Says this word in 1 Timothy, “Now unto the King eternal, immortal, invisible, the only wise God, be honor and glory forever and ever. Amen.” Chap. 1:17. Here it is shown that immortality is an attribute of God, equally with eternity, wisdom, honor, glory, etc. None of these belong to man as he is.SITI November 11, 1886, page 678.3

    Again, speaking of the appearing of Jesus Christ, the word says, “In his times he shall show, who is the blessed and only Potentate, the King of kings, the Lord of lords; who only hath immortality, dwelling in the light which no man can approach unto; whom no man hath seen, nor can see.” 1 Timothy 6:15, 16.SITI November 11, 1886, page 678.4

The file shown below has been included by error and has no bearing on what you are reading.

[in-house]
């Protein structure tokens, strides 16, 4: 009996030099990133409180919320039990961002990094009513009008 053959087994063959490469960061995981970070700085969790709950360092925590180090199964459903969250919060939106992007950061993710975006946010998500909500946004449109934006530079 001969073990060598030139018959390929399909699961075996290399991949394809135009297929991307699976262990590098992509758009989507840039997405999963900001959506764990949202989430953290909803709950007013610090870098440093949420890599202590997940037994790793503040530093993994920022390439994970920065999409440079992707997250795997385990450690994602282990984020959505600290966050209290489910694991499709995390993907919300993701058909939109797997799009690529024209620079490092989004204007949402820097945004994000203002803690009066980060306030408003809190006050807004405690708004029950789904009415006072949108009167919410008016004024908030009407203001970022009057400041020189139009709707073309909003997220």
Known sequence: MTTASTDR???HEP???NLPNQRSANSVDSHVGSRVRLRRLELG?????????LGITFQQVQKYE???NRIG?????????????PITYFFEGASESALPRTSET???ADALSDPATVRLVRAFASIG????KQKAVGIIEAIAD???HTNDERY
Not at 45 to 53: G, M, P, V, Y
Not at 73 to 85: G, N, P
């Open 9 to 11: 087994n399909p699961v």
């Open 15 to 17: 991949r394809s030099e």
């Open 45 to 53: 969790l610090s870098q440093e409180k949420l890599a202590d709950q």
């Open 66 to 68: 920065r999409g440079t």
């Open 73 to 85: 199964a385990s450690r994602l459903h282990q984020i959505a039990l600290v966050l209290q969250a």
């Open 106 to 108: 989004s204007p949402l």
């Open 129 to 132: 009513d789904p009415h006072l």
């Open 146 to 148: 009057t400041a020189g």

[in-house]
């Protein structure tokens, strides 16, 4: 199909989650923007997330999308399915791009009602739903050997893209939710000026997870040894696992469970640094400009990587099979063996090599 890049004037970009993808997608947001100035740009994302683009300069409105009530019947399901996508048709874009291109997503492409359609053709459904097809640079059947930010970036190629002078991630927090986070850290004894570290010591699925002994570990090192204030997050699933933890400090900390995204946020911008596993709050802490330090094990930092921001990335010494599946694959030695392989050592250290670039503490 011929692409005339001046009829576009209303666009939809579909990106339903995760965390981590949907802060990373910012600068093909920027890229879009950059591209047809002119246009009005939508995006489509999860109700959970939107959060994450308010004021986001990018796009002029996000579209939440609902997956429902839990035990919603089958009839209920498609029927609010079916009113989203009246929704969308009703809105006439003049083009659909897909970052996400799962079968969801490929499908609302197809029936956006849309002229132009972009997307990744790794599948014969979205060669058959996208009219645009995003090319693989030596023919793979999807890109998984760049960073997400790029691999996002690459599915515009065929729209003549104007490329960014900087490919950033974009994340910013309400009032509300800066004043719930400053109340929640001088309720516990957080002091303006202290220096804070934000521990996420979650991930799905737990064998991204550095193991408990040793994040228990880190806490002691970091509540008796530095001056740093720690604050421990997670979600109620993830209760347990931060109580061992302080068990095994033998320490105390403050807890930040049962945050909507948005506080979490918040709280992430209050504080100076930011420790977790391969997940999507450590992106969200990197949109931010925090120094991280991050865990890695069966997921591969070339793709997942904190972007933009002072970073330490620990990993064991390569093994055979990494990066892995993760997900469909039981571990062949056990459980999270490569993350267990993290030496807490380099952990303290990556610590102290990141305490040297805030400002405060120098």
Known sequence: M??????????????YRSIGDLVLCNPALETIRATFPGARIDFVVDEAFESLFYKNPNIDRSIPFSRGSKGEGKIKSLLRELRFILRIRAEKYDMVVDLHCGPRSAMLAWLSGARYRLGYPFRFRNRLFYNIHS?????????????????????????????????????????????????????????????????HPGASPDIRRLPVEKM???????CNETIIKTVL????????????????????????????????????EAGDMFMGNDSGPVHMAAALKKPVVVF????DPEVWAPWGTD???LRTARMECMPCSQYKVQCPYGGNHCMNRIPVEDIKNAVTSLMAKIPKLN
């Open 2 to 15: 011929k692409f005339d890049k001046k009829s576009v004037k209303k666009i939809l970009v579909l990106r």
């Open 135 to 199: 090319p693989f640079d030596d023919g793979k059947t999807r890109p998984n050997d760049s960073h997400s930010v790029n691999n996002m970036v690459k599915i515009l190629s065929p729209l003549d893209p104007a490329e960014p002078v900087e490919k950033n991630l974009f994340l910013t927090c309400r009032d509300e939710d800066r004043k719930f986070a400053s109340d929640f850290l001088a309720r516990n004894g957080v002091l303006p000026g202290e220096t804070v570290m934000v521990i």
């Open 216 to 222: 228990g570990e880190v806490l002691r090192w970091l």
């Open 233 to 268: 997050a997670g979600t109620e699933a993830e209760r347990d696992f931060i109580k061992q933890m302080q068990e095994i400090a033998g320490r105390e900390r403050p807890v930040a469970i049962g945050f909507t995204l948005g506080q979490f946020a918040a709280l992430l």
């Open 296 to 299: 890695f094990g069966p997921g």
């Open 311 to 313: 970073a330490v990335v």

Christ has brought this immortality to light. Says the word, the purpose and grace of God “is now made manifest by the appearing of our Saviour Jesus Christ, who hath abolished death, and hath brought life and immortality to light through the gospel.” 2 Timothy 1:10. What the gospel is, in a few words, is shown by 1 Corinthians 15:1-4: “I declare unto you the gospel which I preached unto you.... for I delivered unto you first of all that which I also received, how that Christ died for our sins according to the Scriptures; and that he was buried, ad that he rose again the third day according to the Scriptures.” Thus, then, in the death, burial, and resurrection of Christ is summed up the gospel; and “through the gospel” it is said Christ “brought life and immortality to light.” Certainly it was not by dying nor being buried that either life or immortality was brought to light, for both these things were familiar to all men; but to rise again from the dead and bring with him a multitude of the dead, who also appeared unto many (Matthew 27:52, 53) that was to bring to light something that had never been seen before; that was to bring life and immortality to light indeed. Therefore it is through the resurrection that Christ has brought immortality to light.SITI November 11, 1886, page 678.5